SANG-HA replaces PCs with Sun thin clients

Sun Microsystems has secured its biggest StarOffice win yet in the Europe, Middle East and Africa region. The vendor has supplied the Saudi Arabian National Guard Health Affairs (SANG-HA) with SunRay desktop systems and StarOffice licenses to replace its existing Microsoft-based PCs.

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By  Caroline Denslow Published  May 8, 2005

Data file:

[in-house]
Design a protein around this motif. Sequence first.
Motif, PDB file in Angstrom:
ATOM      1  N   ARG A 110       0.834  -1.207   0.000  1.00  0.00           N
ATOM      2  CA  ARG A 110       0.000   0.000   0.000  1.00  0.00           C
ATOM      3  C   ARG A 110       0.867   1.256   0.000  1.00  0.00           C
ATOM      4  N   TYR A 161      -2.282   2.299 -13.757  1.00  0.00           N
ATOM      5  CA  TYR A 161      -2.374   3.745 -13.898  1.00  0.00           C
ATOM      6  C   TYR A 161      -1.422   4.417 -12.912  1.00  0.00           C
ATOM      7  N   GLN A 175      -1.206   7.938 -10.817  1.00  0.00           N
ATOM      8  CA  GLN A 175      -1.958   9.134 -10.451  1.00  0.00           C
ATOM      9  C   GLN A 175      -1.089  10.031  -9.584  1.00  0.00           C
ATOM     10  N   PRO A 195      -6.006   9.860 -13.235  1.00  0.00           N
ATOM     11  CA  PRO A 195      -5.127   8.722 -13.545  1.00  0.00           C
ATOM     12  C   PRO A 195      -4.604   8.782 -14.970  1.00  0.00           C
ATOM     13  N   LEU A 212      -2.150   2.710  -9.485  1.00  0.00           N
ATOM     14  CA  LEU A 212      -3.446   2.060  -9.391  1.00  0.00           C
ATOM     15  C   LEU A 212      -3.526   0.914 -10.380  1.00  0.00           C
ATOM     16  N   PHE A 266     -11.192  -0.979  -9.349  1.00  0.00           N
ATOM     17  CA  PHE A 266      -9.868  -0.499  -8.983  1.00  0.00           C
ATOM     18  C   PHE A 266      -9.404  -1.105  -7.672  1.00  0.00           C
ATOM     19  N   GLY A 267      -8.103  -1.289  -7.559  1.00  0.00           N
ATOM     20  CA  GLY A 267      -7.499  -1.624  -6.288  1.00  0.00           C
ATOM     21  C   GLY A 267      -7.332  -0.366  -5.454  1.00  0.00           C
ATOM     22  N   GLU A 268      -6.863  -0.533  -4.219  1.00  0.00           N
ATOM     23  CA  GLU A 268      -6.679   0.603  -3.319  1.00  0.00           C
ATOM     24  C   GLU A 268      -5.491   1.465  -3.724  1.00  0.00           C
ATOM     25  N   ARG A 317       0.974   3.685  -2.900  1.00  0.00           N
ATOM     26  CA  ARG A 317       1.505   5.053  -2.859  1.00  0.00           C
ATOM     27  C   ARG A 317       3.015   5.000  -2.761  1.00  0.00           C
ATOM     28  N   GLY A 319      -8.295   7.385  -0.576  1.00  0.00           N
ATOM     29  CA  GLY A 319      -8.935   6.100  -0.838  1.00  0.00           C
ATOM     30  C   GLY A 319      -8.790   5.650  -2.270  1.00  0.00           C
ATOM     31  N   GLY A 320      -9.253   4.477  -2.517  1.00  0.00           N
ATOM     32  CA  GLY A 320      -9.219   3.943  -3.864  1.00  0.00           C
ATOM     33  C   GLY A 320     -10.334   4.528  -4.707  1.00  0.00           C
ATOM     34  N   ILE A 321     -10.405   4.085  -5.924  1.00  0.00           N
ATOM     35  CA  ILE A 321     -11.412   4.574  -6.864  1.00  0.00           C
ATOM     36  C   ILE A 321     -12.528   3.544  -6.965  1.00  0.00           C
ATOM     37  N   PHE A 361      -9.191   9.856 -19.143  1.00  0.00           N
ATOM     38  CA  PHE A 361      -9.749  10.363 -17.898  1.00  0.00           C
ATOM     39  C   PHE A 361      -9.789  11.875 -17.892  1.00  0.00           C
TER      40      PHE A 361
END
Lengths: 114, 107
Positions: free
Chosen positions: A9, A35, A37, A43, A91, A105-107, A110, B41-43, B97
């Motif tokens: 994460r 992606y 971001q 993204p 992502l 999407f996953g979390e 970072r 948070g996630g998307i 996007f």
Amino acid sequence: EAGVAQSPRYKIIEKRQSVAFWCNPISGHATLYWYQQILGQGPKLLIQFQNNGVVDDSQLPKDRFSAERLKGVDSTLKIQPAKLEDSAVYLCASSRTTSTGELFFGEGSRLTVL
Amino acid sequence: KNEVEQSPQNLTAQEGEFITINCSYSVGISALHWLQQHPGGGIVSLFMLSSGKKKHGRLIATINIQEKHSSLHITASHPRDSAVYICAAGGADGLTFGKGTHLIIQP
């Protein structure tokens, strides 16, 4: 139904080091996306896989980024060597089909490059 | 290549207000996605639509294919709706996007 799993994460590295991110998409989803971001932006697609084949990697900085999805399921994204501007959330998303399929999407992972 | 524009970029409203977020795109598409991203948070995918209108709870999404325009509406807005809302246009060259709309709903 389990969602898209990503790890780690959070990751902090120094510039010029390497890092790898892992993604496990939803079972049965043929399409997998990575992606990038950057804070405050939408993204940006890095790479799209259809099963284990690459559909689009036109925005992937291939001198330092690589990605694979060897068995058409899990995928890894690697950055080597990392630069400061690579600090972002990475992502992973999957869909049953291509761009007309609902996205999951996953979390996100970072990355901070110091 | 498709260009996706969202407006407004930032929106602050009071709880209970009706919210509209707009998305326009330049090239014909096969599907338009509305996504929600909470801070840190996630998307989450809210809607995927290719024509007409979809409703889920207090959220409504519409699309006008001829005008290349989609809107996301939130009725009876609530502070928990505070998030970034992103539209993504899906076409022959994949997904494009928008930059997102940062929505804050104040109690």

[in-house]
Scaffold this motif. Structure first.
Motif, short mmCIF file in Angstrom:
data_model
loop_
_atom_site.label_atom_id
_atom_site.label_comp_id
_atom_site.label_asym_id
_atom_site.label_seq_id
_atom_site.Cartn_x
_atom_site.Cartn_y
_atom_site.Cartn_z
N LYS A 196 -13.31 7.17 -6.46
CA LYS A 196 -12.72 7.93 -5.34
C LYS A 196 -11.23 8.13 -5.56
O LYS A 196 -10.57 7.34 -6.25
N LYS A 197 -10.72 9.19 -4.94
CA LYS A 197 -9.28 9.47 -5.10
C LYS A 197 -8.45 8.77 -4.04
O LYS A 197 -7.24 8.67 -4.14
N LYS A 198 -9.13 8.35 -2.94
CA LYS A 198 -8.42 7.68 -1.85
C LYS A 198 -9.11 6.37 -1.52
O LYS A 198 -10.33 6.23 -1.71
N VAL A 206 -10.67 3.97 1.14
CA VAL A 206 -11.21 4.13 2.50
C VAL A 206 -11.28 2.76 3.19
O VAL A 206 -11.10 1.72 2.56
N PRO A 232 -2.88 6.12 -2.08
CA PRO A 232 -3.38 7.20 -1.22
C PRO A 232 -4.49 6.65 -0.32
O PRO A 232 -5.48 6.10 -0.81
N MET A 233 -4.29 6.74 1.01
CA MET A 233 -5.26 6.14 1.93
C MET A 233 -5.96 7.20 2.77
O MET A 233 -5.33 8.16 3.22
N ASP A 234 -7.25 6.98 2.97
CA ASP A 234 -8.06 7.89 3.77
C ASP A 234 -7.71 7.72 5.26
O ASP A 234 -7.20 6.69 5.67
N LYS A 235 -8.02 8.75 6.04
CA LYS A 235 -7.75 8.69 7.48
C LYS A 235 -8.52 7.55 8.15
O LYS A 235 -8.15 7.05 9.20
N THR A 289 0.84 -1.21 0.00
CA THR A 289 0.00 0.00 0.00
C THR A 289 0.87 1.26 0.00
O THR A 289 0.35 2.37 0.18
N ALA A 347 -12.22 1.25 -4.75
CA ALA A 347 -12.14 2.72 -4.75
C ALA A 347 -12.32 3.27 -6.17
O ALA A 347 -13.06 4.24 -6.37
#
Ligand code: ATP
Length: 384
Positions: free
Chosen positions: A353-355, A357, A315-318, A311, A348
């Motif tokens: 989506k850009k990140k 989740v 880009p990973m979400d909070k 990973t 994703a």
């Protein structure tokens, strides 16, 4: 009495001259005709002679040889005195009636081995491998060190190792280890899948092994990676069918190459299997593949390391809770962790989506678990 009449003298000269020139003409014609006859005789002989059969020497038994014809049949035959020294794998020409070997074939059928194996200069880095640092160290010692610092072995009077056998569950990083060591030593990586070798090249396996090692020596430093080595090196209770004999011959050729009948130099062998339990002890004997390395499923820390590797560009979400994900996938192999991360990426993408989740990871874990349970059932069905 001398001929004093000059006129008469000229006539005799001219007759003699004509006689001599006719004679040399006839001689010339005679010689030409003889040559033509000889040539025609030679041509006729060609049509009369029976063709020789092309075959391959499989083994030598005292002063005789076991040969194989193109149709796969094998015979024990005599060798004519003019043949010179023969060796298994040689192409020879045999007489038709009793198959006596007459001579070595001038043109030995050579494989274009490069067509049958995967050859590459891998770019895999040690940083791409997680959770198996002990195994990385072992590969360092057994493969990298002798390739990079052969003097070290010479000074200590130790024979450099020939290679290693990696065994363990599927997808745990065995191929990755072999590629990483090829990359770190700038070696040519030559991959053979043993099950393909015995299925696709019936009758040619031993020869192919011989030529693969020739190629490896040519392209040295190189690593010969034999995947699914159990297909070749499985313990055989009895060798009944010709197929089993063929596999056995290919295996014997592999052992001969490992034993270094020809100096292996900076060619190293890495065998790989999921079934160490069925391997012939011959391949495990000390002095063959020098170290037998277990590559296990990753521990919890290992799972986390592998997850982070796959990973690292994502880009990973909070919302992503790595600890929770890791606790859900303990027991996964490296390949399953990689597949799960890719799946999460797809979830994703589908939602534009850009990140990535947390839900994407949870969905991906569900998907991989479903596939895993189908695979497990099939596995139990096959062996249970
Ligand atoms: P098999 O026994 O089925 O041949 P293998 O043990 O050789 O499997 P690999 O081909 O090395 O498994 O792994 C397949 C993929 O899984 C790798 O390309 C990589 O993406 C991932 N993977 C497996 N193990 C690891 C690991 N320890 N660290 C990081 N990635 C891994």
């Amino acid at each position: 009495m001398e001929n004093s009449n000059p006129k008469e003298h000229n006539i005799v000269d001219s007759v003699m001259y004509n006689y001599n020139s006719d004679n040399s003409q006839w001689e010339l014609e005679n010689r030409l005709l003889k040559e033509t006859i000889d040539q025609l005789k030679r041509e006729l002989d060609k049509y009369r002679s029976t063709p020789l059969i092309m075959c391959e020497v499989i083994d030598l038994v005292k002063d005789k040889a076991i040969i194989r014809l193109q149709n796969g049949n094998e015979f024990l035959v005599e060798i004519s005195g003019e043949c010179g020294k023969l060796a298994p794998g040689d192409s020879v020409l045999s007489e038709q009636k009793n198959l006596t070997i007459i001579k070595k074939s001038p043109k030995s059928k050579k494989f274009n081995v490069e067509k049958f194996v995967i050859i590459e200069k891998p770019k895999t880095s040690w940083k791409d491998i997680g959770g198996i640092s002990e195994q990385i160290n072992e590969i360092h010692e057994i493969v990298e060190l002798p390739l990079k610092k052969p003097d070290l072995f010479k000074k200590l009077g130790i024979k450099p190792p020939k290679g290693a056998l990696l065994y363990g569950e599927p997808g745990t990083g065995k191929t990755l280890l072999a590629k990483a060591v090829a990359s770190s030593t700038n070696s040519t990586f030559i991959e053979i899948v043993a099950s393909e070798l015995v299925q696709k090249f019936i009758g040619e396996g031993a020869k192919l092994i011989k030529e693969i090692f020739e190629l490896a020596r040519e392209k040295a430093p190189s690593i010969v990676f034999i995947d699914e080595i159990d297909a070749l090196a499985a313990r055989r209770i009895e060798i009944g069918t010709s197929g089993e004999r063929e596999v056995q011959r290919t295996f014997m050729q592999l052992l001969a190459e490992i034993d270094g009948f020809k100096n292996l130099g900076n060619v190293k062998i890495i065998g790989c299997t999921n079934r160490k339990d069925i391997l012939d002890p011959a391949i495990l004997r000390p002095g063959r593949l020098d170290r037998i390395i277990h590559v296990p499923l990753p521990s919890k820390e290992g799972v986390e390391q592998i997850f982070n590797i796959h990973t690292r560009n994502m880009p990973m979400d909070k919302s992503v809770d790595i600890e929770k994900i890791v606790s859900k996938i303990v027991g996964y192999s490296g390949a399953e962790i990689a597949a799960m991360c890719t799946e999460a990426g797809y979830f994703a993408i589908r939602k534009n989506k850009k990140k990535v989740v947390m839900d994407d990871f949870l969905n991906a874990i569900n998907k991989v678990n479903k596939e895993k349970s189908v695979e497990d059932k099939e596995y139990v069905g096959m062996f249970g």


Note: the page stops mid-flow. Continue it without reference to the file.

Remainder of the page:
Sun Microsystems has secured its biggest StarOffice win yet in the Europe, Middle East and Africa region. The vendor has supplied the Saudi Arabian National Guard Health Affairs (SANG-HA) with SunRay desktop systems and StarOffice licenses to replace its existing Microsoft-based PCs. The deal sees Sun deploying 1,500 SunRay thin client desktop systems and 4,000 StarOffice licenses in several SANG-HA sites such as the King Fahd Hospital in Riyadh, King Khalid Hospital in Jeddah, and the King Abdul Aziz healthcare facilities in the eastern region of the Kingdom. The Arabic-enabled nature of the StarOffice productivity suite and the lower investment level required by Sun’s thin client offering was what attracted SANG-HA to the solution. “Infrastructure development is a major focus area for us, and the ability to use Sun’s Arabic-enabled StarOffice suite and lower operational costs at the same time is making a major impact on SANG-HA’s bottom line,” said Dr. Majid Al Tuwaijri, executive director for information systems and informatics, SANG-HA. Aside from costs and maintenance issues, security was a main concern for SANG-HA, said Graham Porter, Sun’s marketing manager for the Middle East and North Africa. “When you buy a PC, in three years you throw it away. It’s a big capital expenditure. There are also huge problems managing it because frequently you need someone onsite. That means a lot of people are roaming around fixing problems on PCs. Viruses have also been a huge issue because end users were able to install any software or download applications from the internet and run it on their machines,” explained Porter. “When you’re running a hospital, the last thing you’ll need on your computer network is a virus. Timely access to information is critical when you are dealing with people’s health,” he added. “With SunRays, it actually brings the control back to the IT department, instead of letting the end users control what they are doing.” Sun also supplied SANG-HA with Java Cards to add another layer of security, said Porter. The idea of deploying a thin-client structure in its facilities has been in the pipeline for a while but because the costs of the servers needed to manage the desktops were high, SANG-HA decided to postpone it, revealed Porter. “They have looked at thin client solutions before for a few years, but they were concerned about the cost of the servers needed to run it. Two or three years ago, for every 50 SunRay thin clients that were deployed they needed to spend about US$25,000 on a server to manage them, but that price-point has come down to about US$7,000 today,” Porter said. Porter considers the project as phase one as SANG-HA is also looking at standardising its IT environment throughout the Kingdom, although plans for additional thin-client deployments have not been finalised. “They are still looking. They are doing it in phases and they are looking at more installations right now. They are considering how they can standardise their IT environment, so yes they are considering right now how they are going to take phase one [further] and what they can do for the rest of their organisation,” Porter said. Sun’s partner in Riyadh, Jeraisy Computer & Communication Systems, implemented the new desktop environment for SANG-HA. Citrix’s MetaFrame solution (now called Access Suite) was installed on SANG-HA’s Solaris-based servers to allow its users to access their old Microsoft applications on the SunRay machines, said Porter. Sun is currently holding user acceptance and training sessions with SANG-HA’s end users. Sun also announced that it plans to release the next version of StarOffice in July. StarOffice 8 will include “dramatically improved Microsoft Office compatibility,” the company said on its Web site. It will support new features such as password protection for Word and Excel documents and spreadsheets, and PowerPoint AutoShapes.

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